Crimping, Part 3: Soldering Crimps on Sheet Metal Clasps

If you can solder a sterling silver crimp onto a piece of wire, you can solder it onto sheet metal for a simple, attractive clasp. It just takes a light touch with a torch; you will want to practice until you know exactly how much flame you need. Adding crimping tubes to your clasps can help create secure, well-finished stringing designs with no visible crimps. Here’s how.

How to Make the Clasp

For texture, I stamped my hallmarks and logos all over a small piece of 18-gauge sterling silver sheet. Then I used a template and fine-point Sharpie to draw two ovals on the surface. After I cut them out with a jeweler’s saw, I filed and sanded the edges. Then I domed them slightly with a pair of Miland synclastic pliers.

Next, I fluxed and soldered a piece of half-round 16 gauge sterling silver wire onto one oval for the hook and a jump ring on to the other for the eye, using hard solder.

After pickle and rinse, I fluxed the ovals and four 2×2 mm crimp tubes on my soldering board. I lined up two crimp tubes on the other ends of each oval and soldered them in place with easy solder, using a low flame and #0 Smith torch tip. This is where you should practice on scrap first, because sterling crimp tubes melt easily. I just brushed a little heat over the metal to make the solder flow.

TIP! I use Prip’s Flux in a spray bottle, spraying and heating until I’ve built up a nice, snowy coat. This way, crimps and solder chips don’t dance around during soldering.

After another pickle and rinse, I used rosary pliers to bend the half-round wire into a hook and tossed everything in a shot-filled tumbler for about an hour.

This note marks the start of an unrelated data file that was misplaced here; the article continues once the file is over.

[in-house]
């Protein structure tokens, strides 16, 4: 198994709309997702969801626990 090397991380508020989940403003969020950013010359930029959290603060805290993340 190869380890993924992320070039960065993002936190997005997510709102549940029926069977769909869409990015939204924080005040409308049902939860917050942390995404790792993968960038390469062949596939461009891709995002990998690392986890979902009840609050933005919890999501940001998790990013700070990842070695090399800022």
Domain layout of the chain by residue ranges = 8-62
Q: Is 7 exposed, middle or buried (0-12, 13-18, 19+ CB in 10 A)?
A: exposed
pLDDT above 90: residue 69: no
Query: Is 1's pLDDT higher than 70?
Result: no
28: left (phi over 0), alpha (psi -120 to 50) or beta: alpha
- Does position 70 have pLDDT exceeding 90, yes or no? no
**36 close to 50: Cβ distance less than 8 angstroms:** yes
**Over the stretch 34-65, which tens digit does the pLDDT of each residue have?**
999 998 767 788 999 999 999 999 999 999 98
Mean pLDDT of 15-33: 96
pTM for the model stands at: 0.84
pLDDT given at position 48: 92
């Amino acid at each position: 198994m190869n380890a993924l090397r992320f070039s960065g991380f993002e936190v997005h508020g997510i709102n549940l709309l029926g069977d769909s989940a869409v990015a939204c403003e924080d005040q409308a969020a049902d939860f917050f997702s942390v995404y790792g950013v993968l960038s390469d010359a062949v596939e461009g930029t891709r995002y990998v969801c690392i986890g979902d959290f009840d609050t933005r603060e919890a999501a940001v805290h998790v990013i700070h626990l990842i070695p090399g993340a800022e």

My final step was polishing with Fabuluster and a cotton buff on a bench polisher.

crimping stringing clasps

Now the Stringing

For a better hold, I doubled medium beading cable through the two crimps.

I covered one side of my Beadalon Magical Crimping pliers with a couple layers of blue painter’s tape and squeezed down on the tiny silver tubes to tighten. For a little extra protection, I then placed the clasp on a bench block and hit each crimp once with a flat punch and chasing hammer.

After stringing on the beads, I ran the cable through the crimps I had soldered onto the eye catch, checked to make sure the strand draped nicely around the neck, and closed them.

The result?  A cohesive, professional crimping look, plus your own custom clasp.

Get the whole story with crimping part one and crimping part two.


Betsy Lehndorff has been writing for Lapidary Journal Jewelry Artist since 2010. You can reach her at

Learn more about stringing perfect strands to wear alone or to show off your pendants!


Post a Comment